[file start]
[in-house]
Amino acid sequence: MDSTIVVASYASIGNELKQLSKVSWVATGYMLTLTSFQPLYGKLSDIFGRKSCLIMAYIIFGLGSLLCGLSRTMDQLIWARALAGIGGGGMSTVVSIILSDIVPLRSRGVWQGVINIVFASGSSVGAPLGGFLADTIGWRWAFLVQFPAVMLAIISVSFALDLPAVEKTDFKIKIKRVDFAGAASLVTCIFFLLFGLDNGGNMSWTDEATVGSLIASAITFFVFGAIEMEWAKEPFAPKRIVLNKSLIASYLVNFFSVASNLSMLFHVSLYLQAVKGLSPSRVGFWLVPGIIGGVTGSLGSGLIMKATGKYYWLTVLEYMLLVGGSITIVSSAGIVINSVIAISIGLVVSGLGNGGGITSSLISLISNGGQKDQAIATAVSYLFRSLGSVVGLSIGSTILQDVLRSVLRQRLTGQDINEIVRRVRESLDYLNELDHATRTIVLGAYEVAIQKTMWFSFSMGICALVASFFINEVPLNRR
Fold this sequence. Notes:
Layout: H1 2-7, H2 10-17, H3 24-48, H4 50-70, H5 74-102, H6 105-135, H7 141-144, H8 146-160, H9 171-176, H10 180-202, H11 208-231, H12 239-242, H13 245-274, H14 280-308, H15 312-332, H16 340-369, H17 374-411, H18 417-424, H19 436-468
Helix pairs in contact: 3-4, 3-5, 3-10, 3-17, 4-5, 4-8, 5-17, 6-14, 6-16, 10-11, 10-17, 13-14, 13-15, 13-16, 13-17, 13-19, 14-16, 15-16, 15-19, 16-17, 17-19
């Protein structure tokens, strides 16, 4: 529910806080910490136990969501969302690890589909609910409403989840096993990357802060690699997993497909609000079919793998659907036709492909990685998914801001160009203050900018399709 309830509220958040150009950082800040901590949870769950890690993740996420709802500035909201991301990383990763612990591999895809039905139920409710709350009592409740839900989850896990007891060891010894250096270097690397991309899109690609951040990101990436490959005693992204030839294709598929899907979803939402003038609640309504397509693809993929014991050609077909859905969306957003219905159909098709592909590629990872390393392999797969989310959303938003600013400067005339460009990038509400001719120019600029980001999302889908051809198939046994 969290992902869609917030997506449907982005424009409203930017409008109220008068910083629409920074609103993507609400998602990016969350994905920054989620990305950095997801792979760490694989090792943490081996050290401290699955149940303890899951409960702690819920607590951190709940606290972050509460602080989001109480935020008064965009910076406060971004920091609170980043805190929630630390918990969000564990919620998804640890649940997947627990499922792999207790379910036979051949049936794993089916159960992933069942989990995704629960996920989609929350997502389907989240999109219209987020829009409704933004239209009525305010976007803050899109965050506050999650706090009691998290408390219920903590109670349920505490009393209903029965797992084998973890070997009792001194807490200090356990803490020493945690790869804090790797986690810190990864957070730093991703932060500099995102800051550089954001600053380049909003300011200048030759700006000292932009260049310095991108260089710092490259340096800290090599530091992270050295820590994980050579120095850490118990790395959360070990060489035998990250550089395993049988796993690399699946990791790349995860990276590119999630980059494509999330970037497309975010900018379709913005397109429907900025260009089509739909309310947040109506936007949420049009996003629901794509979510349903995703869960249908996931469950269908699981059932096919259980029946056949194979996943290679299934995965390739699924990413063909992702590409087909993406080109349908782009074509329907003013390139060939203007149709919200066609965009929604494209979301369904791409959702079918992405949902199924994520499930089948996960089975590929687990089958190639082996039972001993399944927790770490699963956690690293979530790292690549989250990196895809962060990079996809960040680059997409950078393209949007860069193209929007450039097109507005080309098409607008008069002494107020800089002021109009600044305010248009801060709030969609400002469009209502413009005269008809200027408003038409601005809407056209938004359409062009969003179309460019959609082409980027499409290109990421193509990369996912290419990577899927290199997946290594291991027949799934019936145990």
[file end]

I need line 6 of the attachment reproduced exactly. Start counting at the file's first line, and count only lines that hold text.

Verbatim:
């Protein structure tokens, strides 16, 4: 529910806080910490136990969501969302690890589909609910409403989840096993990357802060690699997993497909609000079919793998659907036709492909990685998914801001160009203050900018399709 309830509220958040150009950082800040901590949870769950890690993740996420709802500035909201991301990383990763612990591999895809039905139920409710709350009592409740839900989850896990007891060891010894250096270097690397991309899109690609951040990101990436490959005693992204030839294709598929899907979803939402003038609640309504397509693809993929014991050609077909859905969306957003219905159909098709592909590629990872390393392999797969989310959303938003600013400067005339460009990038509400001719120019600029980001999302889908051809198939046994 969290992902869609917030997506449907982005424009409203930017409008109220008068910083629409920074609103993507609400998602990016969350994905920054989620990305950095997801792979760490694989090792943490081996050290401290699955149940303890899951409960702690819920607590951190709940606290972050509460602080989001109480935020008064965009910076406060971004920091609170980043805190929630630390918990969000564990919620998804640890649940997947627990499922792999207790379910036979051949049936794993089916159960992933069942989990995704629960996920989609929350997502389907989240999109219209987020829009409704933004239209009525305010976007803050899109965050506050999650706090009691998290408390219920903590109670349920505490009393209903029965797992084998973890070997009792001194807490200090356990803490020493945690790869804090790797986690810190990864957070730093991703932060500099995102800051550089954001600053380049909003300011200048030759700006000292932009260049310095991108260089710092490259340096800290090599530091992270050295820590994980050579120095850490118990790395959360070990060489035998990250550089395993049988796993690399699946990791790349995860990276590119999630980059494509999330970037497309975010900018379709913005397109429907900025260009089509739909309310947040109506936007949420049009996003629901794509979510349903995703869960249908996931469950269908699981059932096919259980029946056949194979996943290679299934995965390739699924990413063909992702590409087909993406080109349908782009074509329907003013390139060939203007149709919200066609965009929604494209979301369904791409959702079918992405949902199924994520499930089948996960089975590929687990089958190639082996039972001993399944927790770490699963956690690293979530790292690549989250990196895809962060990079996809960040680059997409950078393209949007860069193209929007450039097109507005080309098409607008008069002494107020800089002021109009600044305010248009801060709030969609400002469009209502413009005269008809200027408003038409601005809407056209938004359409062009969003179309460019959609082409980027499409290109990421193509990369996912290419990577899927290199997946290594291991027949799934019936145990």